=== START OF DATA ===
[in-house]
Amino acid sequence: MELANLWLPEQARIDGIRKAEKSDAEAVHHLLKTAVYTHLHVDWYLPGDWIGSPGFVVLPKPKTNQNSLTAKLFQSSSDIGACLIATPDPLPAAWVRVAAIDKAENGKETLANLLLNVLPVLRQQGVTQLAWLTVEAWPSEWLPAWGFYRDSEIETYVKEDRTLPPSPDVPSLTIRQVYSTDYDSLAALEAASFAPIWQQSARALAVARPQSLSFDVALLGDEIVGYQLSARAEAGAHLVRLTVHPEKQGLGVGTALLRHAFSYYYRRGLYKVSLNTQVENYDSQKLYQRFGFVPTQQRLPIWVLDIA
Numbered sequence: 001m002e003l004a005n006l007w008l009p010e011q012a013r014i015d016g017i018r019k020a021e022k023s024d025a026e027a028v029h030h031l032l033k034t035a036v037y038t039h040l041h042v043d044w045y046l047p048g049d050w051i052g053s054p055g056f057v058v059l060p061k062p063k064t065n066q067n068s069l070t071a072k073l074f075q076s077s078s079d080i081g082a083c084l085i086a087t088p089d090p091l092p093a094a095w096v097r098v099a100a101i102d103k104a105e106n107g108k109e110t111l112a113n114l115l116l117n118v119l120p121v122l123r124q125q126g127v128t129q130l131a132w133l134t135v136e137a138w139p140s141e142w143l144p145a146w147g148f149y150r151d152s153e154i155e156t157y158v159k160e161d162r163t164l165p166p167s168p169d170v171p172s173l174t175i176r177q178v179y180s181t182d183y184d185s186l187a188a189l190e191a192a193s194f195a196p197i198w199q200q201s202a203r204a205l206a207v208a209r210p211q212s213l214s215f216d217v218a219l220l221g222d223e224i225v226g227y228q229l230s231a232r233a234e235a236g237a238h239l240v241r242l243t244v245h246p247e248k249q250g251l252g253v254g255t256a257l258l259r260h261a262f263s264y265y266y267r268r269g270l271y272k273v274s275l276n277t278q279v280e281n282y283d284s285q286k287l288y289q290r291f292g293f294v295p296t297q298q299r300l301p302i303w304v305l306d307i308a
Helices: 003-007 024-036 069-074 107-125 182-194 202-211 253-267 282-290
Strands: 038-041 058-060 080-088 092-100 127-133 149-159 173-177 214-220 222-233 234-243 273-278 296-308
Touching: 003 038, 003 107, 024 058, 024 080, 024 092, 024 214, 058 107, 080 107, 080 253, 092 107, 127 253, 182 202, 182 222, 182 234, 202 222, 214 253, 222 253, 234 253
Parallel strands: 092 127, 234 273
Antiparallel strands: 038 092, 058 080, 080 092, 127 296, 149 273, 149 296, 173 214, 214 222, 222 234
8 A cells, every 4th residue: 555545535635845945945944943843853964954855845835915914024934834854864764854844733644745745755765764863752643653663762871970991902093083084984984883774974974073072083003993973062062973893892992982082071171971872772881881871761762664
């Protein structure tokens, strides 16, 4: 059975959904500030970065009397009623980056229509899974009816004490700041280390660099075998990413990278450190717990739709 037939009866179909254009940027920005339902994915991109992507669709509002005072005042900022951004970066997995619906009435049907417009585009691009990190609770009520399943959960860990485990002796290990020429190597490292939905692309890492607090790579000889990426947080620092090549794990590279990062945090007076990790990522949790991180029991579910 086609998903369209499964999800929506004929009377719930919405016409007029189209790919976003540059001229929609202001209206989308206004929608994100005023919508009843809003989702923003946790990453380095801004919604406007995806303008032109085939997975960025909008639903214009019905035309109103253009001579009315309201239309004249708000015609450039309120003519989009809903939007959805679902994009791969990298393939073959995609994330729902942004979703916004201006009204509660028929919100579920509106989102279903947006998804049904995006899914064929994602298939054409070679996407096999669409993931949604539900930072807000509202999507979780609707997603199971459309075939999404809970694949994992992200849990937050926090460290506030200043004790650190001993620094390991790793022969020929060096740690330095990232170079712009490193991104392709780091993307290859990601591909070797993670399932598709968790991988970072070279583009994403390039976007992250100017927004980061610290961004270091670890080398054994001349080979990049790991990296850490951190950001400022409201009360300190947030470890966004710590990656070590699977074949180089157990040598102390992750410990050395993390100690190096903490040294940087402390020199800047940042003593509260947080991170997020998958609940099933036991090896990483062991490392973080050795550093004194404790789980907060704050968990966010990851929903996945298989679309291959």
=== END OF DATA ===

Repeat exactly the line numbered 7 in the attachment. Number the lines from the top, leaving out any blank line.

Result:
Parallel strands: 092 127, 234 273